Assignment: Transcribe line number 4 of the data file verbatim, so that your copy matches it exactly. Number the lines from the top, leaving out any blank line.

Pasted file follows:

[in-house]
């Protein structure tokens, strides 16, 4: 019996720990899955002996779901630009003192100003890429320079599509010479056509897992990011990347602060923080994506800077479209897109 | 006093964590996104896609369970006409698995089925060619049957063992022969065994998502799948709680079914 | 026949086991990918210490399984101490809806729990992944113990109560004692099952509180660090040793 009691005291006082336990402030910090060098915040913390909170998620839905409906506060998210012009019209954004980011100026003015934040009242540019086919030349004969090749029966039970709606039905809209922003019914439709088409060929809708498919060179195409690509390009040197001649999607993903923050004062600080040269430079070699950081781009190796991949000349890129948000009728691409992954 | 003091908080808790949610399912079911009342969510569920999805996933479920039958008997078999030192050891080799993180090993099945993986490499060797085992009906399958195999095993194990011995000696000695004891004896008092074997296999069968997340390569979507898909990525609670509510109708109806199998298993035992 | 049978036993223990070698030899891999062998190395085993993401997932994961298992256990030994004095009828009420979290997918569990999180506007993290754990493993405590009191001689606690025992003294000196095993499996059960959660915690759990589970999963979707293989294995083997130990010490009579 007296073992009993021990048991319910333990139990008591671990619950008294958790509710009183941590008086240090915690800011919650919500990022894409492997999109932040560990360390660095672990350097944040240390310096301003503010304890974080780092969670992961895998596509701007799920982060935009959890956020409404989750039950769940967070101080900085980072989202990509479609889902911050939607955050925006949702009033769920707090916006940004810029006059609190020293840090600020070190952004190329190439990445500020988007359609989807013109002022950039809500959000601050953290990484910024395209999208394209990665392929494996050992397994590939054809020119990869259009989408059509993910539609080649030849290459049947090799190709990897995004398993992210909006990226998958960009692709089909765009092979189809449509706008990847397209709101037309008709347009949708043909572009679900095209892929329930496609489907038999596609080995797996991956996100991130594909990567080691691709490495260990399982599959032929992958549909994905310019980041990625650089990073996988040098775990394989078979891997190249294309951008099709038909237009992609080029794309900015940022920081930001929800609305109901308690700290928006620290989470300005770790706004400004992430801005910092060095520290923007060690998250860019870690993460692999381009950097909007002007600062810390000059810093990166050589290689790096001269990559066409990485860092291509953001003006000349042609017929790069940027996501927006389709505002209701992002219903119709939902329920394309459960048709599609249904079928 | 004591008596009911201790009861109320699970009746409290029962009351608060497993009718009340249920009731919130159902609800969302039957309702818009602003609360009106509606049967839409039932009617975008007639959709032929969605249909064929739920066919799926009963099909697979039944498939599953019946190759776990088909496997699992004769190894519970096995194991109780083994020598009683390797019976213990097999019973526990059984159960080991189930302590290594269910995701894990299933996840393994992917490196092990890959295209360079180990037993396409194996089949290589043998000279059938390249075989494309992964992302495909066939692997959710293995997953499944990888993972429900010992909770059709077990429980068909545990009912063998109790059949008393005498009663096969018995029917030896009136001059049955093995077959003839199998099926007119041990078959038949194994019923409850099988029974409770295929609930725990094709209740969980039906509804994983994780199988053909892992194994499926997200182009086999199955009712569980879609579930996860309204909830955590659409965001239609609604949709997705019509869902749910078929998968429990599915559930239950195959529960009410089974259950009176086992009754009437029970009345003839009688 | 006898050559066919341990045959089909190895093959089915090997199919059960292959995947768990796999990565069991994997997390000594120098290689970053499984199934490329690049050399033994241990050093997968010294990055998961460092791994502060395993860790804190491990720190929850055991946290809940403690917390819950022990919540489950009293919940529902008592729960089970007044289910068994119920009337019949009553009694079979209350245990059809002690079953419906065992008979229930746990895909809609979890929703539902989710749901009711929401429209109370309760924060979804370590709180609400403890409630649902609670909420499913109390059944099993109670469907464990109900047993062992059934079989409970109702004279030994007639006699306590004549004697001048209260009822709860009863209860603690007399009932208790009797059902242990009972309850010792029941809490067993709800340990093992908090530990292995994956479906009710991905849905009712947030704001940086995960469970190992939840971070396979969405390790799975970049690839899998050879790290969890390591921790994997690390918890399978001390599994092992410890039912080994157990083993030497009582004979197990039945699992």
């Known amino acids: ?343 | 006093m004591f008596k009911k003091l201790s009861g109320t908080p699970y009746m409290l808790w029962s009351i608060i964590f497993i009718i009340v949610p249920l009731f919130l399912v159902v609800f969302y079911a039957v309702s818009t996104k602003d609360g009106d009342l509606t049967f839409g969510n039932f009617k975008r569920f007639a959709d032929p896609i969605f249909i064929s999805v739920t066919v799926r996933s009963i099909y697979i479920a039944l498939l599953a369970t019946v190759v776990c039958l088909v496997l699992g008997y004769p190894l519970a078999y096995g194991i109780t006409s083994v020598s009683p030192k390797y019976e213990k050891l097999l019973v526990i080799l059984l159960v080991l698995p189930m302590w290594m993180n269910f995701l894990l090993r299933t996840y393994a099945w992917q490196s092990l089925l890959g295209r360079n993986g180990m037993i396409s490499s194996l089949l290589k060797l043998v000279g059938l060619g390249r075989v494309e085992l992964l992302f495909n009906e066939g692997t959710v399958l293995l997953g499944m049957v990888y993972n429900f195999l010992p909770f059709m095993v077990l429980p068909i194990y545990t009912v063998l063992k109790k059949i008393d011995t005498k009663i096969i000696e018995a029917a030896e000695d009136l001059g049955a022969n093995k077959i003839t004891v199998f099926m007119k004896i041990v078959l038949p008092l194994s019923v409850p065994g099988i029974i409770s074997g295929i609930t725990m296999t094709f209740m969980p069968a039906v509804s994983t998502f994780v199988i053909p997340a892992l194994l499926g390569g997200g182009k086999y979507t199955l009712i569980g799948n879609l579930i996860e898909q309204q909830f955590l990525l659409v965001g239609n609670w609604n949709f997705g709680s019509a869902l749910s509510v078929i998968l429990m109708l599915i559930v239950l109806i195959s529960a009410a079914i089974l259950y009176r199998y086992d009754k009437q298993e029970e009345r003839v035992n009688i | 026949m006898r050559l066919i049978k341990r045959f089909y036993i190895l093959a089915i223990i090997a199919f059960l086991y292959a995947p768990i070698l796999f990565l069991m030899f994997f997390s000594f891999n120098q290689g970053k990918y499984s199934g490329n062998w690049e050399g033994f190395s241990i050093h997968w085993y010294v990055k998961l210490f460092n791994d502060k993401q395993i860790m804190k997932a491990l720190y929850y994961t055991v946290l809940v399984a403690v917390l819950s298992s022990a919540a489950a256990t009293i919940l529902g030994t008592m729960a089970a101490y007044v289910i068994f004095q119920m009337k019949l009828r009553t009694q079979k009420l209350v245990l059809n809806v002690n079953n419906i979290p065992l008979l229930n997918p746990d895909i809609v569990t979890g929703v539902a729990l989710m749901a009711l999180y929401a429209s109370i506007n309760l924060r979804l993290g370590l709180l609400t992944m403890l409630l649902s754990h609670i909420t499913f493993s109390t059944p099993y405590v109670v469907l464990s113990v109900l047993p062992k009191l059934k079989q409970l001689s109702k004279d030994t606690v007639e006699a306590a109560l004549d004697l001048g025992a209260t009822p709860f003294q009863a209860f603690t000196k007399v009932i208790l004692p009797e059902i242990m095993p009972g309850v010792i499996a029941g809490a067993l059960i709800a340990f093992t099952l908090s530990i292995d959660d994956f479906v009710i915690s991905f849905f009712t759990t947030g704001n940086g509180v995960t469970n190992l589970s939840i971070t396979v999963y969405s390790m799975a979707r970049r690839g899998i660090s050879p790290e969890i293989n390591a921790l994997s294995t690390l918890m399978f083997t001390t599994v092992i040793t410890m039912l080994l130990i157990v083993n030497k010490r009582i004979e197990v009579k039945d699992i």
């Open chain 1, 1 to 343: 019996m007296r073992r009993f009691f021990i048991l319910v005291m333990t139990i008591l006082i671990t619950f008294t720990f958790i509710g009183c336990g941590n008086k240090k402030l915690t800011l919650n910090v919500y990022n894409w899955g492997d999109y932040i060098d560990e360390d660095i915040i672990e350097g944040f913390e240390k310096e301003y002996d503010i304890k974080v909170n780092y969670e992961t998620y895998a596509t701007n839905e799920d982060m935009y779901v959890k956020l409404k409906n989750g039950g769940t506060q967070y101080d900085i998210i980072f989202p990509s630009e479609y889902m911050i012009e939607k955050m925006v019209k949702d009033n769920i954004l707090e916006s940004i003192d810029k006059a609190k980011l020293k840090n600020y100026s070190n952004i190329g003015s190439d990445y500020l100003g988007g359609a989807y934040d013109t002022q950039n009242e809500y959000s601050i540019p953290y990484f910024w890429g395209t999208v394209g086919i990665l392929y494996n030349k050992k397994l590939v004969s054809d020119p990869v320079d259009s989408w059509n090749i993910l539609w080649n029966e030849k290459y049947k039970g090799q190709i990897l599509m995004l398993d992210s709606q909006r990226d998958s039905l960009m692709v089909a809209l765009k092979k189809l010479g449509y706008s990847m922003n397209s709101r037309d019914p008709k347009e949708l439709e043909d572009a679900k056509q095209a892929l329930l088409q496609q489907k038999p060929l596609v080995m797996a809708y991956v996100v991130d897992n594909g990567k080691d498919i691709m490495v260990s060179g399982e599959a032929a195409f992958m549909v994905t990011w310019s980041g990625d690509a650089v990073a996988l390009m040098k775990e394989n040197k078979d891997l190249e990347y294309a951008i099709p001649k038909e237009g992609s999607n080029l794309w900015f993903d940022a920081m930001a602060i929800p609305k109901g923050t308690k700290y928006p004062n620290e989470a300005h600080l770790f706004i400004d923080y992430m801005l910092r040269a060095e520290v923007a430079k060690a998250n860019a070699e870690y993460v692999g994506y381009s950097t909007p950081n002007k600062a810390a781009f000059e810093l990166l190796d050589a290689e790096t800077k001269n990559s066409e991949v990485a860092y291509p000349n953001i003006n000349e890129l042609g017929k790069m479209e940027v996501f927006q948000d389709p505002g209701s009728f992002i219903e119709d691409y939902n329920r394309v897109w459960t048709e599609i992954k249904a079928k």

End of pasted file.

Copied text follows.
């Open chain 1, 1 to 343: 019996m007296r073992r009993f009691f021990i048991l319910v005291m333990t139990i008591l006082i671990t619950f008294t720990f958790i509710g009183c336990g941590n008086k240090k402030l915690t800011l919650n910090v919500y990022n894409w899955g492997d999109y932040i060098d560990e360390d660095i915040i672990e350097g944040f913390e240390k310096e301003y002996d503010i304890k974080v909170n780092y969670e992961t998620y895998a596509t701007n839905e799920d982060m935009y779901v959890k956020l409404k409906n989750g039950g769940t506060q967070y101080d900085i998210i980072f989202p990509s630009e479609y889902m911050i012009e939607k955050m925006v019209k949702d009033n769920i954004l707090e916006s940004i003192d810029k006059a609190k980011l020293k840090n600020y100026s070190n952004i190329g003015s190439d990445y500020l100003g988007g359609a989807y934040d013109t002022q950039n009242e809500y959000s601050i540019p953290y990484f910024w890429g395209t999208v394209g086919i990665l392929y494996n030349k050992k397994l590939v004969s054809d020119p990869v320079d259009s989408w059509n090749i993910l539609w080649n029966e030849k290459y049947k039970g090799q190709i990897l599509m995004l398993d992210s709606q909006r990226d998958s039905l960009m692709v089909a809209l765009k092979k189809l010479g449509y706008s990847m922003n397209s709101r037309d019914p008709k347009e949708l439709e043909d572009a679900k056509q095209a892929l329930l088409q496609q489907k038999p060929l596609v080995m797996a809708y991956v996100v991130d897992n594909g990567k080691d498919i691709m490495v260990s060179g399982e599959a032929a195409f992958m549909v994905t990011w310019s980041g990625d690509a650089v990073a996988l390009m040098k775990e394989n040197k078979d891997l190249e990347y294309a951008i099709p001649k038909e237009g992609s999607n080029l794309w900015f993903d940022a920081m930001a602060i929800p609305k109901g923050t308690k700290y928006p004062n620290e989470a300005h600080l770790f706004i400004d923080y992430m801005l910092r040269a060095e520290v923007a430079k060690a998250n860019a070699e870690y993460v692999g994506y381009s950097t909007p950081n002007k600062a810390a781009f000059e810093l990166l190796d050589a290689e790096t800077k001269n990559s066409e991949v990485a860092y291509p000349n953001i003006n000349e890129l042609g017929k790069m479209e940027v996501f927006q948000d389709p505002g209701s009728f992002i219903e119709d691409y939902n329920r394309v897109w459960t048709e599609i992954k249904a079928k």